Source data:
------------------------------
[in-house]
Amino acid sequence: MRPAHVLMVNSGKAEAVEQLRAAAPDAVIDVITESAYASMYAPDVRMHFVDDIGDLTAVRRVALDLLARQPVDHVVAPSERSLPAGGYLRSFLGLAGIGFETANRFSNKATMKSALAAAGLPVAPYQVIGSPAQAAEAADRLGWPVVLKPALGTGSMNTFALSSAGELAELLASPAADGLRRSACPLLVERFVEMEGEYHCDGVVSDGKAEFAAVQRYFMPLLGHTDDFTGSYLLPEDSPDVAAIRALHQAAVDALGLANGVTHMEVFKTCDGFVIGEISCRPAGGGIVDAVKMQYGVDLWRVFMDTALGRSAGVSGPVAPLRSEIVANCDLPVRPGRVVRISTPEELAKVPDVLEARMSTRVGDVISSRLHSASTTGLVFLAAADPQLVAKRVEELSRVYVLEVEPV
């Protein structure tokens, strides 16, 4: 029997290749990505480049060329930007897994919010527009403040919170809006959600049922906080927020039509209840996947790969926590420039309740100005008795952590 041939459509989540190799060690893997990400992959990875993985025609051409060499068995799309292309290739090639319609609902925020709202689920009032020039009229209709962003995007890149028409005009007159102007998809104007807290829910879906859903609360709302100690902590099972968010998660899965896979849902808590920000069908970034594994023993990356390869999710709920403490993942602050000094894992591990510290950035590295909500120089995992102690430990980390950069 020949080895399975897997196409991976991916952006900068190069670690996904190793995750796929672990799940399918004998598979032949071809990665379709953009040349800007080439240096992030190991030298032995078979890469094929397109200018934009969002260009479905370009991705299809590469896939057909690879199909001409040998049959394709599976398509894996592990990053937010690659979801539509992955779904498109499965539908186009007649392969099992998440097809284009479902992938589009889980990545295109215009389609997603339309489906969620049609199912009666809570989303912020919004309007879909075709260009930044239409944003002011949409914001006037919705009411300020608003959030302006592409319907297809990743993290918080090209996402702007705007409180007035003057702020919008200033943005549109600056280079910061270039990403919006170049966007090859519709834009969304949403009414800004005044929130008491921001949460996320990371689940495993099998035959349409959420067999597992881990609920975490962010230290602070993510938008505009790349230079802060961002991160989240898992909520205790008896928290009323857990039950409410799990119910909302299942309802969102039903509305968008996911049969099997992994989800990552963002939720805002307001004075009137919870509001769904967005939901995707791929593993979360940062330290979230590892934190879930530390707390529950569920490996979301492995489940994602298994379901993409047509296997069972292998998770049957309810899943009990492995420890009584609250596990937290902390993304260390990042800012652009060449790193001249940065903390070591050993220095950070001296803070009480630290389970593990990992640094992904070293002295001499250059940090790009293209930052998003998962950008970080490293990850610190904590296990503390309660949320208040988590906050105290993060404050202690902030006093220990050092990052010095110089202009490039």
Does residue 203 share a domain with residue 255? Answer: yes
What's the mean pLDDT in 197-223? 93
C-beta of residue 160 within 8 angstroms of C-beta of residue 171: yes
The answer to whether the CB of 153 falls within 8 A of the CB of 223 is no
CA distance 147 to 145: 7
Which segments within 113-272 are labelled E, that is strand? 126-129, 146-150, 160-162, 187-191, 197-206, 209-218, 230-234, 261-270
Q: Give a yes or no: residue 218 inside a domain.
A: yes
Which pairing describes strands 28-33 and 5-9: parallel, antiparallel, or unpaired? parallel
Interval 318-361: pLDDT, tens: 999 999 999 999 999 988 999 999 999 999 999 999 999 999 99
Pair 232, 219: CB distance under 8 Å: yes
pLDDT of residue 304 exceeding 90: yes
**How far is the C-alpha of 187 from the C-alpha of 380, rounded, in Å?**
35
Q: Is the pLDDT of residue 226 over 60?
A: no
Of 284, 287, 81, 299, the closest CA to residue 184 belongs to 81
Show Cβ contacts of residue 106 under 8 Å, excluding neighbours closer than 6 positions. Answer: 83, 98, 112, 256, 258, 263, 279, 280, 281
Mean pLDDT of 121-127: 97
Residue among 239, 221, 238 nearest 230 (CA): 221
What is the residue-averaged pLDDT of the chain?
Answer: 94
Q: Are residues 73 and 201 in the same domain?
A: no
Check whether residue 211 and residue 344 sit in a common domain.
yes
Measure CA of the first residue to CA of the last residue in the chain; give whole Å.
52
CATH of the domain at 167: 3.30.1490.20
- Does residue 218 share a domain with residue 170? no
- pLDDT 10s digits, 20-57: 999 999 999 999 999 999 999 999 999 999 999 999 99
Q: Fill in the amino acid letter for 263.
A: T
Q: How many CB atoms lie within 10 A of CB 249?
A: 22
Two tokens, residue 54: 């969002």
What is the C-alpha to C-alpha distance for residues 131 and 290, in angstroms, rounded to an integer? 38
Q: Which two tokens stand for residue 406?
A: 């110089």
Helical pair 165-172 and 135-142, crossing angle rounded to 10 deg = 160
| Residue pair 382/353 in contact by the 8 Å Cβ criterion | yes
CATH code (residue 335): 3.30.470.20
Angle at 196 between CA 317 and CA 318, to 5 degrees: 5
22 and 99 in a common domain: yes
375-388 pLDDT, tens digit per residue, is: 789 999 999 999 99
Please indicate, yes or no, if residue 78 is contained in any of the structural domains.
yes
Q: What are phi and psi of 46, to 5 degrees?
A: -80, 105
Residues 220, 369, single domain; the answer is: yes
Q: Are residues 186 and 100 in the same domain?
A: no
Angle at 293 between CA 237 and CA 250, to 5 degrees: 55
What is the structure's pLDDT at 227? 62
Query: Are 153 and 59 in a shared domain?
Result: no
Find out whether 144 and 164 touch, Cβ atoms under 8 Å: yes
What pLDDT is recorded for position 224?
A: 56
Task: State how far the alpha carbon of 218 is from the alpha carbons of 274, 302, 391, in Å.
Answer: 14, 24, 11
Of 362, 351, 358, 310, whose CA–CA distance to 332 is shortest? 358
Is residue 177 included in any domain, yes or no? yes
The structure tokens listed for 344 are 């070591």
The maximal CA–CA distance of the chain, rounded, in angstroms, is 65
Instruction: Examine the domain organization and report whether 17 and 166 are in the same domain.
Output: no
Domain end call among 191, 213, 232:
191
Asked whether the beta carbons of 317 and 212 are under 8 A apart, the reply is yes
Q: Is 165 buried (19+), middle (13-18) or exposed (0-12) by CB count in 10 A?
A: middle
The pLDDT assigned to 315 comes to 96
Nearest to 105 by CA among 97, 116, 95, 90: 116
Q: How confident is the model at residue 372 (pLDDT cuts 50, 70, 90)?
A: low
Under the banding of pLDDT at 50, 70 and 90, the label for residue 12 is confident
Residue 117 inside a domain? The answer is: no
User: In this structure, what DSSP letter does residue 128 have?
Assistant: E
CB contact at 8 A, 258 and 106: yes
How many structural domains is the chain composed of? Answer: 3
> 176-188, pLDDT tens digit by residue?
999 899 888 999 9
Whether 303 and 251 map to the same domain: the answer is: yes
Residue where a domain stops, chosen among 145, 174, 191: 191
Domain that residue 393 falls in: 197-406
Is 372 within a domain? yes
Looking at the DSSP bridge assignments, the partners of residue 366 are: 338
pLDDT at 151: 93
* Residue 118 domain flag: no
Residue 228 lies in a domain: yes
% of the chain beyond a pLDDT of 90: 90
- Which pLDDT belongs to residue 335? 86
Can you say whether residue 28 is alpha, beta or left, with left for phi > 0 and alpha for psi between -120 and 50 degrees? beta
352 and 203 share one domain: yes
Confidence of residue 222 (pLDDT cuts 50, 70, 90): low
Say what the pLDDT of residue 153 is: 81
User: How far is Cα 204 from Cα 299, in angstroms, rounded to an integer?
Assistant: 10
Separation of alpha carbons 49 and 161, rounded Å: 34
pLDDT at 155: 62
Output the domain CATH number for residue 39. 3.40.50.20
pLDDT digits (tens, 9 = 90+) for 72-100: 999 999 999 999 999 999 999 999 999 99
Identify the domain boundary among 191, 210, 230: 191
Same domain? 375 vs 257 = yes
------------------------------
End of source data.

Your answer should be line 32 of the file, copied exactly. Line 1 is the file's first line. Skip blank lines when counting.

CATH of the domain at 167: 3.30.1490.20